We love Batman. He has a depth of character rarely seen in superheroes. Batman’s villains have the highest educational level per capita than any other fictional city (exceeded in the real world by Antarctica). Batman’s adventures are a doctoral thesis in misapplied psychology.

The beauty of the non-powered hero is his ability to change what he is. Batman has a number of incarnations, each unique, yet still Batman. The Dark Knight is as canon as Adam West or Batman Adventures, and Lego Batman is no exception.

The core of Batman is not the tragic story of a billionaire orphan seeking to eradicate the plague of crime, which claimed his parents. The core of Batman is the relationship between the caped crusader and a rogue’s gallery of colorful villains—chief among them, the Joker.Always be yourself, unless you can be Batman.

The Lego Batman Movie delves into this relationship in hilarious fashion, and shows the conflict of personality in a way even a child will understand. The Joker’s only desire? Get Batman to admit that Joker is his arch-foe—or destroy Gotham City and every brick and mini-fig in it. This is easily accomplished with the several tons of explosives stolen from MacGuffin Airlines, since “as everone knows, Gotham City is built on two giant base plates held together by a single line of studs, over an abyss that smells like old socks and dirty underwear.”

Lego characters are keenly aware that they live in a universe made of interlocking bricks that can be reassembled and repurposed at will. This omniscience is used sparingly enough to remain funny, and frequently enough to make it a persistent part of an internally consistent universe. Most successful children’s movies work in innuendo and double entendres to give the parents’ something to giggle about as they are bombarded by a sappy glossed-up story about brightly colored but one dimensional characters. The Lego Batman Movie does not do this.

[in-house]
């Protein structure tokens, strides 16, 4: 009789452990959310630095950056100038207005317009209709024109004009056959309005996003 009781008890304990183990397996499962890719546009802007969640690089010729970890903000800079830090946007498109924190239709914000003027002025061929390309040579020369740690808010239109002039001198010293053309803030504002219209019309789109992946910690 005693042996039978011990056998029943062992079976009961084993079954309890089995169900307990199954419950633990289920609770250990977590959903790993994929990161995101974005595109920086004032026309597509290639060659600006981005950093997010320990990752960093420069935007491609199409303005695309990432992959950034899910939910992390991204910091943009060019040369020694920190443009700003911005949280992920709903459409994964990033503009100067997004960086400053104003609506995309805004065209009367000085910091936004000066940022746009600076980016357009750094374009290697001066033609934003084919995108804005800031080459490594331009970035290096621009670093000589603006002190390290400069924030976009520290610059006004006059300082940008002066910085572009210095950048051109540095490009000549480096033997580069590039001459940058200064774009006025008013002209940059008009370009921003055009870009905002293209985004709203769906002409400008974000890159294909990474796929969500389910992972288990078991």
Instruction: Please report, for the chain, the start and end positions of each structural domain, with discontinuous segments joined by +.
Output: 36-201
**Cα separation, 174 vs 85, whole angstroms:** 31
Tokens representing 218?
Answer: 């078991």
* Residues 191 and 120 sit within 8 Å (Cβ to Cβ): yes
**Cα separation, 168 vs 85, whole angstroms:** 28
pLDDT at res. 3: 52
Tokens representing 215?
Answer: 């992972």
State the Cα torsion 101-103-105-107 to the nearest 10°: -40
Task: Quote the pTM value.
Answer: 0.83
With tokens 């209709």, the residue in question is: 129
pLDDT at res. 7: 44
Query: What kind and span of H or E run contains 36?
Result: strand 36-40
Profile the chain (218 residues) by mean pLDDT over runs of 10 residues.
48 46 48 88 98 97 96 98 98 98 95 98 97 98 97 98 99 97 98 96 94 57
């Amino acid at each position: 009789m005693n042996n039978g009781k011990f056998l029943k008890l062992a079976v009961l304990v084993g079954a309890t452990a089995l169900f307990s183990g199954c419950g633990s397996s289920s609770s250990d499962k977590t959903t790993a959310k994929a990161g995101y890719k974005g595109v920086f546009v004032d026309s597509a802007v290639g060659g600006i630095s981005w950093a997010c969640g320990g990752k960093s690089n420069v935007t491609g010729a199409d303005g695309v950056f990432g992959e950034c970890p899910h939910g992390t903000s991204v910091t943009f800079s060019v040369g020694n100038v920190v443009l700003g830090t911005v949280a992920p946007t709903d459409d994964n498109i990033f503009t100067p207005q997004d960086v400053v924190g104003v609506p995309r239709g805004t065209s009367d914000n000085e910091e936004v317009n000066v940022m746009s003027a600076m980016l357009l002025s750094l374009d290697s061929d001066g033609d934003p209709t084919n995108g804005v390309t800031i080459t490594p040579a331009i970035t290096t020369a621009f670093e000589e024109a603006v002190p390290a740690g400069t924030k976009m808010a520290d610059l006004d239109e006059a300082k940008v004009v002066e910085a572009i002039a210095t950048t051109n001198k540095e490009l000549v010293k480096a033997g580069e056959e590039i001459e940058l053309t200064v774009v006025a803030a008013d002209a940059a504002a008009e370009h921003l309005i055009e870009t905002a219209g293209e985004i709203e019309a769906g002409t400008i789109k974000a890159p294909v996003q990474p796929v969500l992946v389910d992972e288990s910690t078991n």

The story is deep enough to be meaningful, while attacking the classic tropes of superhero fiction and still contributing to the glorious canvas that is conveyed by the three simple words, “Because I’m Batman.”

It may be childish in parts. After concluding that Batman and Bruce Wayne are roommates, Joker’s crew breaks into the Bat Cave.  The Joker taunts Batman by rubbing his butt on the Batmobile, remarking “we’re going to have to call this ‘the Buttmobile’.” The movie balances such adolescent humor by dialing it up to eleven. Okay, it doesn’t balance; it just goes.

Normally we try to keep reviews spoiler free, but the humor starts before the logos, and I could fill this page with lines from the movie and not spoil it. Just as listing every obscure character who makes an appearance would max out our (self imposed) five hundred word limit. This movie is so fast paced with its wit and references, that I doubt anyone will catch them all in one viewing.

And that’s okay, because The Lego Batman Movie is worth seeing more than once.